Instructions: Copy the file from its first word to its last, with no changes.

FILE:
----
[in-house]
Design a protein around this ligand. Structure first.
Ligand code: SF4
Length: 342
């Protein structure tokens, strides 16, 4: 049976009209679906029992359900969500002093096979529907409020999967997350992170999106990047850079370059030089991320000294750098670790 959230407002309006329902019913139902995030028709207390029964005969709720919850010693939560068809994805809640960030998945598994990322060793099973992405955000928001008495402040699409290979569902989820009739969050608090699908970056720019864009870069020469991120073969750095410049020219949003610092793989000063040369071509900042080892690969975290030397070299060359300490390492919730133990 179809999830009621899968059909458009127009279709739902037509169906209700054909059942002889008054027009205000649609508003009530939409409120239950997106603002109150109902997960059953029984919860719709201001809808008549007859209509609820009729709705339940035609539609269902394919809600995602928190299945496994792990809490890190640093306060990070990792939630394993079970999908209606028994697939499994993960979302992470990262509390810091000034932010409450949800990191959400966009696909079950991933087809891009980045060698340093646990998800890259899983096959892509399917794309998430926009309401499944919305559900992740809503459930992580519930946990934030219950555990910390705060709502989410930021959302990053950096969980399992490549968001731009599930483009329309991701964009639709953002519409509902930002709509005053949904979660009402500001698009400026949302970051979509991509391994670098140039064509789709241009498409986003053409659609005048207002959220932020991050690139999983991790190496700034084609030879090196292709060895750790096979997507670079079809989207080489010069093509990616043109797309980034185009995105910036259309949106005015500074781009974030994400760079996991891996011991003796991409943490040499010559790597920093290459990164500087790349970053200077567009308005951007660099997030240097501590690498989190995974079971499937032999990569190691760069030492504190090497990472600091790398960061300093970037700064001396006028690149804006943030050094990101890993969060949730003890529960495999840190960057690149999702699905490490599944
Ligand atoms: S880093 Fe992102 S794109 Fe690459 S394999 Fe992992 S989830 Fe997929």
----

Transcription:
[in-house]
Design a protein around this ligand. Structure first.
Ligand code: SF4
Length: 342
């Protein structure tokens, strides 16, 4: 049976009209679906029992359900969500002093096979529907409020999967997350992170999106990047850079370059030089991320000294750098670790 959230407002309006329902019913139902995030028709207390029964005969709720919850010693939560068809994805809640960030998945598994990322060793099973992405955000928001008495402040699409290979569902989820009739969050608090699908970056720019864009870069020469991120073969750095410049020219949003610092793989000063040369071509900042080892690969975290030397070299060359300490390492919730133990 179809999830009621899968059909458009127009279709739902037509169906209700054909059942002889008054027009205000649609508003009530939409409120239950997106603002109150109902997960059953029984919860719709201001809808008549007859209509609820009729709705339940035609539609269902394919809600995602928190299945496994792990809490890190640093306060990070990792939630394993079970999908209606028994697939499994993960979302992470990262509390810091000034932010409450949800990191959400966009696909079950991933087809891009980045060698340093646990998800890259899983096959892509399917794309998430926009309401499944919305559900992740809503459930992580519930946990934030219950555990910390705060709502989410930021959302990053950096969980399992490549968001731009599930483009329309991701964009639709953002519409509902930002709509005053949904979660009402500001698009400026949302970051979509991509391994670098140039064509789709241009498409986003053409659609005048207002959220932020991050690139999983991790190496700034084609030879090196292709060895750790096979997507670079079809989207080489010069093509990616043109797309980034185009995105910036259309949106005015500074781009974030994400760079996991891996011991003796991409943490040499010559790597920093290459990164500087790349970053200077567009308005951007660099997030240097501590690498989190995974079971499937032999990569190691760069030492504190090497990472600091790398960061300093970037700064001396006028690149804006943030050094990101890993969060949730003890529960495999840190960057690149999702699905490490599944
Ligand atoms: S880093 Fe992102 S794109 Fe690459 S394999 Fe992992 S989830 Fe997929």